An Ethiopian Doctor Records the Destruction of His Homeland

An Ethiopian Doctor Records the Destruction of His Homeland

Dr. Tewodros Tefera treats men, women and children who, like him, escaped the increasingly brutal violence in the Tigray Region of Ethiopia. He records their stories in his little black notebook – and sometimes wishes he were dead.
By Fritz Schaap and Andy Spyra (Photos)
Refugees in Hamdayet: Driven from their homes Foto: Andy Spyra / DER SPIEGEL

For the first time in almost four months, he has been able to reach his mother, he says. She is doing well and is with his siblings in Aksum, he says. His face is then overcome by an odd radiance. “And I have a new sibling!” “Dissolve and Disappear” He says his mother could no longer stand the uncertainty of not knowing whether he was still alive or had been killed in the violence. For weeks, he says, she didn’t leave the church. One day, the priest showed up with an orphaned infant. His mother, Tewodros relates, made a pact with God: “I’ll take care of this child and you, God, take care of my son.” Then Tewodros grows serious. He thinks he knows when the orphan lost its parents: on the last weekend in November. That was when he lost his last remnants of hope that he would ever be able to return to his home. It was the moment when the massacres of Aksum were taking place, of which Tewodros has heard so often.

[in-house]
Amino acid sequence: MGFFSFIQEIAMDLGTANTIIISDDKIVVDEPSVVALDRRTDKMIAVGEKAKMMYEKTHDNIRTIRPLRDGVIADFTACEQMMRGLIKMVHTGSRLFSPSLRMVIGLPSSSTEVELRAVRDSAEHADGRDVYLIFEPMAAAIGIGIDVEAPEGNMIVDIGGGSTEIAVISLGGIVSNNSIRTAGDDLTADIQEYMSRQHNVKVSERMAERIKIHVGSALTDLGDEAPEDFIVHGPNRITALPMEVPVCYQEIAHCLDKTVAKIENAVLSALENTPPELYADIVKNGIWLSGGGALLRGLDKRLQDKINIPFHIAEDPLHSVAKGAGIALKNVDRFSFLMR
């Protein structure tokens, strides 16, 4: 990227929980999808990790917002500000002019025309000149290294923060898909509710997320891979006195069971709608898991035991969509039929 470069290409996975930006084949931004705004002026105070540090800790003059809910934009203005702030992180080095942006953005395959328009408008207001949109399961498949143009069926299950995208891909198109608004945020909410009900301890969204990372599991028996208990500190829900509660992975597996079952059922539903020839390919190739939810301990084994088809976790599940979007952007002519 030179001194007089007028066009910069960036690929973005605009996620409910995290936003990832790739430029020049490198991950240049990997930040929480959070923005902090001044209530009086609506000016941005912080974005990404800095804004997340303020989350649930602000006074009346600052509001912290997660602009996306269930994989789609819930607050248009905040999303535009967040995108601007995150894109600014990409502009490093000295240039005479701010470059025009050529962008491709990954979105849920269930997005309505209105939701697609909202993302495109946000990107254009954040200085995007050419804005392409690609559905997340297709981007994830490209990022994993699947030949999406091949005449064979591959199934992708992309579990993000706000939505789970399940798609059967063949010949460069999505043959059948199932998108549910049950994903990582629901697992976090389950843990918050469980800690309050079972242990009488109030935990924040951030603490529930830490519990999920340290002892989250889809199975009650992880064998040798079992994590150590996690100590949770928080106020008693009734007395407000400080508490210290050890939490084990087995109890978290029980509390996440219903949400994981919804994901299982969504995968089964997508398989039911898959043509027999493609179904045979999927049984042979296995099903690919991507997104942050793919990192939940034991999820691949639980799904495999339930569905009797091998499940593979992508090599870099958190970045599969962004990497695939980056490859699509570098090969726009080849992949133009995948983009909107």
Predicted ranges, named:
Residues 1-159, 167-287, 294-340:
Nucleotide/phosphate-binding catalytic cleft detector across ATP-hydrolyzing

[perfectpullquote align=”right” bordertop=”false” cite=”” link=”” color=”” class=”” size=”16″]”If I couldn’t do anything, I would just dissolve and disappear.”[/perfectpullquote] Tewodros Tefera

Several hundred civilians were killed by Eritrean soldiers within just two days. Eyewitnesses report that dead bodies were lined up on the streets. The soldiers forbade families from burying their dead – until the hyenas came down from the mountains at night.

Tewodros recalls a patient who told him he had been forced to dig mass graves. He says he can’t return to a country where such a thing has happened, nor does he want to.

Later, he is again sitting on a plastic chair behind the clinic. A rusty kettle is sitting on glowing embers surrounded by three bricks. It is in the evenings when Tewodros breaks down, when the stories he has jotted down in his black notebook during the day come back to haunt him.

“What keeps me going is the fact that I can help here,” he says. “If I couldn’t do anything, I would just dissolve and disappear.”

He cries.

“I would love to speak with my children. But what should I tell them? Who knows when I will be able to see them again?” He does know one thing though: It won’t be in his homeland.